Phenotypic variation and genetic polymorphism of low-density lipoprotein exon 4 receptor gene among Jordanian familial hypercholesterolemia patients
Acta medica Lituanica
Purpose. The aim of this study was to measure lipid profiles among severe and mild familial hypercholestrolemic (FH) patients and to screen unrelated families for LDL receptor (LDLR) gene polymorphism. Methods. Fifteen FH patients and six controls were enrolled in the study. Total cholesterol (CH), triglyceride (TG), high-density lipoprotein (HDL-cholesterol), low-density lipoprotein (LDL) and ApoB-100 levels were measured spectrophotometrically. Patients were classified clinically into severe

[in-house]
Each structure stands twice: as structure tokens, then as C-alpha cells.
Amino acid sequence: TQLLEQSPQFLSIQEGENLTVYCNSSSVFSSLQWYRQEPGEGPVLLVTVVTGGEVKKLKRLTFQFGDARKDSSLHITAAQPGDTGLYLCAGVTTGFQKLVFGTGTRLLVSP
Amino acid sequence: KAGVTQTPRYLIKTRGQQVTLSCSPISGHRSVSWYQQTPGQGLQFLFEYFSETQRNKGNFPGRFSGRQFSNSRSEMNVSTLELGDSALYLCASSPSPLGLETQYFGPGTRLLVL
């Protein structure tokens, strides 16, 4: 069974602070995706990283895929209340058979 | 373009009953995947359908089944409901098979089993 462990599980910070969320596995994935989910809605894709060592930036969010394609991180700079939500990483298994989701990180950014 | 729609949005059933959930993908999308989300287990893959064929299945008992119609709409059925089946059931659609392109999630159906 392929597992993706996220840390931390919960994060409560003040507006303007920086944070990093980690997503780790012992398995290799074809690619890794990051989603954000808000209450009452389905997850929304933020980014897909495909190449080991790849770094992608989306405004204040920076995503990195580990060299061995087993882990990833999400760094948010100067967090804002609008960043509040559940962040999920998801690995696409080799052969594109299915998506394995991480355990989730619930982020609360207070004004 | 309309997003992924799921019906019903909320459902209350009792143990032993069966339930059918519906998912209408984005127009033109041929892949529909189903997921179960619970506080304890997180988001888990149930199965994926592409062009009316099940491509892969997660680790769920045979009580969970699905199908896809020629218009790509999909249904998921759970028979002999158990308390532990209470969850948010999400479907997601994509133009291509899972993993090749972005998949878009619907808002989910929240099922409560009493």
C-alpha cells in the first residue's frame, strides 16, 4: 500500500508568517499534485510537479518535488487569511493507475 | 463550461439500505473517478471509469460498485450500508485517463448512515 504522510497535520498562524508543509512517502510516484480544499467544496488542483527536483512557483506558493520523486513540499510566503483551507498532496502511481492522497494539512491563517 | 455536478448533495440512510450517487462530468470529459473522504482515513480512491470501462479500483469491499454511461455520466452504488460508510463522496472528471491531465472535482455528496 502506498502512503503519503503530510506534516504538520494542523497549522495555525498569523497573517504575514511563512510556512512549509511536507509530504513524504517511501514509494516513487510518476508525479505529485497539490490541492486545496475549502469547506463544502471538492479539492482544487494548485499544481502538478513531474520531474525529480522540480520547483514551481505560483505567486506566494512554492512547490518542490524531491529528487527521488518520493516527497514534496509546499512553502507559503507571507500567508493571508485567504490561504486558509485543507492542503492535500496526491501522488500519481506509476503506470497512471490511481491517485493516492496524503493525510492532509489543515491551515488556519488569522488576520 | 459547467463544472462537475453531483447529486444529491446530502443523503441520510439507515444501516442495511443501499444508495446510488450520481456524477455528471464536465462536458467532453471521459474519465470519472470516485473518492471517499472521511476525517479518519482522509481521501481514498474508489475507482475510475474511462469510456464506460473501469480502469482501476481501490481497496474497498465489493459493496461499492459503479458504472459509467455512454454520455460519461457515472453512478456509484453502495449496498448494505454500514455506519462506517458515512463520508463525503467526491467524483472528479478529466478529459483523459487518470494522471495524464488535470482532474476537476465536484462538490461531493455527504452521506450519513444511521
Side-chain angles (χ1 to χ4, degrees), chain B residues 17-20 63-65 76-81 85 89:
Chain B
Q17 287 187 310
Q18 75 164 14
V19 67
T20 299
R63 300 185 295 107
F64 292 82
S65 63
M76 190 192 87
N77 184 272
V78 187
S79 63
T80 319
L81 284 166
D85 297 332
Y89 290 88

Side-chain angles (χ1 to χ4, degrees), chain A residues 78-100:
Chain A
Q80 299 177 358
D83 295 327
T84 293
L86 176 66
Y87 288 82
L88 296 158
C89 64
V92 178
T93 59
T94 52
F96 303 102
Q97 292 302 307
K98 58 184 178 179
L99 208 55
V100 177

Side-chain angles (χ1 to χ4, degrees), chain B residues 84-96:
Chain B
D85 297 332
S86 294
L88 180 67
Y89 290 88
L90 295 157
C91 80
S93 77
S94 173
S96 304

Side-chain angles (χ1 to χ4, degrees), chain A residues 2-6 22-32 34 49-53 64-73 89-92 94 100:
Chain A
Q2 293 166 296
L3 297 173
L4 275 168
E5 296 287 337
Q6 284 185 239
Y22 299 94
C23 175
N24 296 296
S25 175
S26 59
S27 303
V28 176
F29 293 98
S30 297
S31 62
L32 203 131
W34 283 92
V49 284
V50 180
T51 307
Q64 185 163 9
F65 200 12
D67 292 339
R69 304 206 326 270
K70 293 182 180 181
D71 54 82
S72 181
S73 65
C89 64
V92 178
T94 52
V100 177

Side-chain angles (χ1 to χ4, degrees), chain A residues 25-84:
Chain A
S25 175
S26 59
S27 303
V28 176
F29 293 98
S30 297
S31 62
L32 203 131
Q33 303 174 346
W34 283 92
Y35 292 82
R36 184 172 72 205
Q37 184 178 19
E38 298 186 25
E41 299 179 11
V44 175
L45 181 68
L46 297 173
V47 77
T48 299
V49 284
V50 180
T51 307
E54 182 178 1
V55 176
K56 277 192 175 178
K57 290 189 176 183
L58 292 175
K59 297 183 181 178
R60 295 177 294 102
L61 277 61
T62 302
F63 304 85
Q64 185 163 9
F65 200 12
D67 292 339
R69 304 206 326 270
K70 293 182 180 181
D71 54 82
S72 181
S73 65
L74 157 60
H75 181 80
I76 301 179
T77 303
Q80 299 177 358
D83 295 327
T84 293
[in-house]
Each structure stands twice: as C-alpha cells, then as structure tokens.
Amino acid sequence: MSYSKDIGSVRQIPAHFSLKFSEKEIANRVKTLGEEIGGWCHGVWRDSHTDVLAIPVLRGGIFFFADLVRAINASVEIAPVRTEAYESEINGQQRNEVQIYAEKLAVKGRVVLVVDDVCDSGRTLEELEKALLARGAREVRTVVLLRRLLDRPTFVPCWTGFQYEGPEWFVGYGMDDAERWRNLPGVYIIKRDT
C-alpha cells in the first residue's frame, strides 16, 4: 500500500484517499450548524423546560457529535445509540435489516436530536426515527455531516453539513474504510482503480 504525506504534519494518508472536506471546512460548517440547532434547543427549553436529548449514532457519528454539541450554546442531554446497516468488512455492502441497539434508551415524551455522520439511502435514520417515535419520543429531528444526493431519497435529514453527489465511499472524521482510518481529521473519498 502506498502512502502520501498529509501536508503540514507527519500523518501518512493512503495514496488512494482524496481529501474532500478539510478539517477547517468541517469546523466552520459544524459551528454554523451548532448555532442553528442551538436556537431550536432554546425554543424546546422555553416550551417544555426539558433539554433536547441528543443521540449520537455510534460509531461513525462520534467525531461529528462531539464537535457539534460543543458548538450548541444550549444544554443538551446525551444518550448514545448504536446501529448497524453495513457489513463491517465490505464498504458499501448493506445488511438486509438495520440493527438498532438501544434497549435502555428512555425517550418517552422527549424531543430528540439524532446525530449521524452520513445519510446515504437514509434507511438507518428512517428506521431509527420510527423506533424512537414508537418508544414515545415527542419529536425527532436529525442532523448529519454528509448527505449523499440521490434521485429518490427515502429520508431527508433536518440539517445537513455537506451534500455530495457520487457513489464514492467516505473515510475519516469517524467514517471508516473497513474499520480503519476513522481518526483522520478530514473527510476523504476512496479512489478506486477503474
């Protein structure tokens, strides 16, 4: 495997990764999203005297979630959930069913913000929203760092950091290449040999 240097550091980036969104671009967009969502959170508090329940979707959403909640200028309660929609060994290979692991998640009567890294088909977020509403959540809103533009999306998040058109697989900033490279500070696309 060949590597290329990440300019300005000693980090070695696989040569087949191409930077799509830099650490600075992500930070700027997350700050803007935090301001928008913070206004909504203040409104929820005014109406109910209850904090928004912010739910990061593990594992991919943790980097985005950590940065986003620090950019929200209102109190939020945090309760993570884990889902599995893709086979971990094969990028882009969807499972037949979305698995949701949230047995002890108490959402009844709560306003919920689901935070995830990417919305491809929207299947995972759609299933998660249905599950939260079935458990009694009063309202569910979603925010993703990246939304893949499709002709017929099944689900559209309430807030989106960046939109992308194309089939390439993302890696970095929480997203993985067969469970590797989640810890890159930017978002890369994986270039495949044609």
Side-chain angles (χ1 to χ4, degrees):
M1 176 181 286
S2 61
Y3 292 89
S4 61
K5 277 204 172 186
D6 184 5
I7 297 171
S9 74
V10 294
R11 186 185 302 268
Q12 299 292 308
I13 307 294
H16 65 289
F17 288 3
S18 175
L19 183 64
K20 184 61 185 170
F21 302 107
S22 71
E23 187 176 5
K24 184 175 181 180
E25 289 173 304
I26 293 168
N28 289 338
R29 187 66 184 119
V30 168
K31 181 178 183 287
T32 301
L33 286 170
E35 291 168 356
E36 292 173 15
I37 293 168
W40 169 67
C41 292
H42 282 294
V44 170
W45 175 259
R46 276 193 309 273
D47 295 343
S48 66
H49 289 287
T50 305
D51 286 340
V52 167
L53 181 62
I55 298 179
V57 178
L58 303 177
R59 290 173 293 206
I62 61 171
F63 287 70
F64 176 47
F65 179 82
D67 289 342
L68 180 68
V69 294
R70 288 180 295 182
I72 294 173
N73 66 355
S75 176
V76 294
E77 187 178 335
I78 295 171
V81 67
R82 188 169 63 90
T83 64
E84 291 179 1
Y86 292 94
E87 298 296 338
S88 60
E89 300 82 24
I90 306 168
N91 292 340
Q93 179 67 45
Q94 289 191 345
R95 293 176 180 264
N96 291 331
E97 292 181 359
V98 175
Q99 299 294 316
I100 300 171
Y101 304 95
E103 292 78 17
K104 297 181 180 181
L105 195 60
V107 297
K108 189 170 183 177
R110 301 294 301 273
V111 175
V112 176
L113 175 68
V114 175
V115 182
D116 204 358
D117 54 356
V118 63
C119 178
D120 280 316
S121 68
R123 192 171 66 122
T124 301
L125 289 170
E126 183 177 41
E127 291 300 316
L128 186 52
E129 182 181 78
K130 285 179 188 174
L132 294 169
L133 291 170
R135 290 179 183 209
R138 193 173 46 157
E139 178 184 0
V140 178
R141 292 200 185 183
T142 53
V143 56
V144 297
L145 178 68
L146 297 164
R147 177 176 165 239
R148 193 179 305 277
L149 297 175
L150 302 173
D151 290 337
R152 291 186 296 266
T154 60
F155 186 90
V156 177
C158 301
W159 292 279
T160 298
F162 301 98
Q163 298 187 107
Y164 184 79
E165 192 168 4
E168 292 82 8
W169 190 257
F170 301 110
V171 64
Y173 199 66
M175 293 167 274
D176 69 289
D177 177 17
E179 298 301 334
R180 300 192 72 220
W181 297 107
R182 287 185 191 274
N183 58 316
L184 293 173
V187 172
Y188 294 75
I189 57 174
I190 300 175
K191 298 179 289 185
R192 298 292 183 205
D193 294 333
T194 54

... ically into severe and mild, based on lipid profile phenotype and the presence of cardiovascular manifestation at the age of disease onset. Low-density lipoprotein exon 4 receptor gene polymorphism was screened by the SSCP method. Results. FH severe phenotype patients had significantly higher total cholesterol levels (14.34 ± 1.14) mmol/L as compared with mild FH phenotype (10.13 ± 1.23 mmol/L) and experienced earlier symptoms in the childhood (9.25 ± 3.22) years as compared with those of mild phenotype, who did not experience symptoms until the mid of the fourth decade of life (36.7 ± 5.25 years). No significant difference was found between HDL-cholesterol, LDL-cholesterol, ApoB-100 among severe FH as compared with mild FH patients. All FH pedigrees showed the autosomal dominant mode of inheritance. SSCP results showed a wide spectrum of LDL exon 4 gene polymorphism among severe and mild phenotypes, which differed from control. Conclusions. There are statistical differences between severe and mild phenotype FH patients in total cholesterol, triglyceride and the age of biological expression among FH Jordanians. FH patients showed a wide spectrum of gene polymorphism within the LDLR exon 4 gene. These polymorphisms were different among FH families; this may be related to founder factors, such as the degree of consanguinity among FH patients' parents and shed light on the importance of the role of genetic screening and counseling in reducing the risk of occurrence of the new severe FH phenotypes that develop severe complications early in life and need LDL aphresis, as well as on the importance of cascade screening to trace and identify people at genetic risk, using family tracing, for an early diagnosis of the mild FH phenotypes that can be treated with lipid lowering therapy and life style changes early to prevent later cardiovascular complications.